Featuring a video game in a popular TV show can actually pique interest in said game, as some viewers may wonder, “Hey, where can you play that” with just a peek at gameplay. The latest show to do this is Netflix’s House of Cards, as lead character Frank Underwood, portrayed by Kevin Spacey, dips into the popular mobile game Monument Valley briefly over the course of the season.
The conspicuous addition of the game has the Internet wondering if it is a product placement or a plot point.
Underwood, who no doubt builds plenty of tension over the course of the season with his sinister actions (as he did in the previous two), utilizes the game as a way to decompress — something that’s made it a popular hit in the real world as well.
A company called appFigures recently broke down how an appearance of a game in a TV series like this can have an impact on the game’s sales. It explained that the series has a devoted following. Last season alone, over 670,000 people bing-watched the entire run of the show’s second season — only accounting for two percent of total Netflix subscribers. There’s a possibility that season three’s numbers could surpass that easily — and that means more eyes on Monument Valley.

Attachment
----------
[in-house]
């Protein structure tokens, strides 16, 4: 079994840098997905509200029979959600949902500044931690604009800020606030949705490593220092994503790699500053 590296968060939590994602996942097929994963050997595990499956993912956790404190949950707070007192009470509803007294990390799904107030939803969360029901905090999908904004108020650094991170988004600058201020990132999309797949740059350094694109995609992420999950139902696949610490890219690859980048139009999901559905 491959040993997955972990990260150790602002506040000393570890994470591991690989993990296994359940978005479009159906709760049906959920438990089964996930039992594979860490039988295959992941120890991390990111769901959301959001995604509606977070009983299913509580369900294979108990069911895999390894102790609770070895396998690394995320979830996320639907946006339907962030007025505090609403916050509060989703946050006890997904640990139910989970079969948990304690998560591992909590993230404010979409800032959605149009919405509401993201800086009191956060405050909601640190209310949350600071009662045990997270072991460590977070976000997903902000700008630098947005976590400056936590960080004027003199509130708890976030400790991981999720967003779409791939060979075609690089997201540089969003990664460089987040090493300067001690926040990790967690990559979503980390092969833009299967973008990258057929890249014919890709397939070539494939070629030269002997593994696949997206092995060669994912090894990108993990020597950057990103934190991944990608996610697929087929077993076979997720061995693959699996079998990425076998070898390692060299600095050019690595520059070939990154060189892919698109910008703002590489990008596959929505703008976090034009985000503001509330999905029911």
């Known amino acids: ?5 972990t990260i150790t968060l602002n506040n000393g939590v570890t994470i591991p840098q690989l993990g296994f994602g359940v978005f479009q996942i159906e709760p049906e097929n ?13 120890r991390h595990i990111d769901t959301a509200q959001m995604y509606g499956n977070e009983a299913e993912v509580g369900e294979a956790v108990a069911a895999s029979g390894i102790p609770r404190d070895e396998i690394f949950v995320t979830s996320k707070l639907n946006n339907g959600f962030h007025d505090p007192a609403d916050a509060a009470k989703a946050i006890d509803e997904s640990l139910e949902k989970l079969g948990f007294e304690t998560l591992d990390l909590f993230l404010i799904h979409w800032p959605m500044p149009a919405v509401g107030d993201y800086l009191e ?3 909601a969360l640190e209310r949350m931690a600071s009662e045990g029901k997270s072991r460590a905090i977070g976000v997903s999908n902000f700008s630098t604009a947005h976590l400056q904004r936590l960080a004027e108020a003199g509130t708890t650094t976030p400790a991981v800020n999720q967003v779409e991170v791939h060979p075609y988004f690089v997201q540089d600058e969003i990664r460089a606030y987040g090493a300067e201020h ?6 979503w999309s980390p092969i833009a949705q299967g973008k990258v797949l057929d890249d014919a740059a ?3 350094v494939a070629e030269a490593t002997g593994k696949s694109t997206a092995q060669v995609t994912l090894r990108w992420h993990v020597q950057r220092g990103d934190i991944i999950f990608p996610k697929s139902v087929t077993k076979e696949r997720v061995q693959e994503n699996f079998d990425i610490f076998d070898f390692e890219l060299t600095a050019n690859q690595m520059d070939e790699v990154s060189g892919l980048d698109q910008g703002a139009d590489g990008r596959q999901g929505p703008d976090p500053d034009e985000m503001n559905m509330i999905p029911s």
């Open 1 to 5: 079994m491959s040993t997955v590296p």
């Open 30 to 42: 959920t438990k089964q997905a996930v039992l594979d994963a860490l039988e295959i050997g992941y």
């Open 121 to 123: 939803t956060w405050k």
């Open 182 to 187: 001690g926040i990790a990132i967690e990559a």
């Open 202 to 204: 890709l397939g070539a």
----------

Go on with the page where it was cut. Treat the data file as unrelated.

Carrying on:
appFigures, a powerful app store intelligence platform, also measured the ranks data from the show’s third season debut this weekend to get an idea of what effect the game would have when it appeared in the series, which is around episode five. According to its stats, almost exactly five hours after the third season became available on Netflix, the game showed an increase in popularity on the App Store.
The company reports that the iPad edition of Valley has become the #2 overall paid app, right behind Minecraft: Pocket Edition. The Google Play version didn’t perform too bad either, as it managed to get to the #11 spot on the paid app charts.
appFigures broke down the findings on its blog, utilizing a number of charts to show its increase in popularity following the release of the third season of the series. It was also quick to note that many users were actually interested in paying the game’s $3.99 fee before even getting a chance to try it out, which it found to be uncommon, as some titles offer a “freemium” version to try before needing to purchase the full game.
What’s more, the company concluded that “such a prominent feature in a leading series proves to be the ultimate advertisement. At this point, the effect is even greater than that we recently looked at for apps that purchased Super Bowl ads — without the large price tag! It would appear as though this is a much more receptive audience.”
Clearly, if something’s good enough for Frank Underwood, clearly it can work for us as well . . .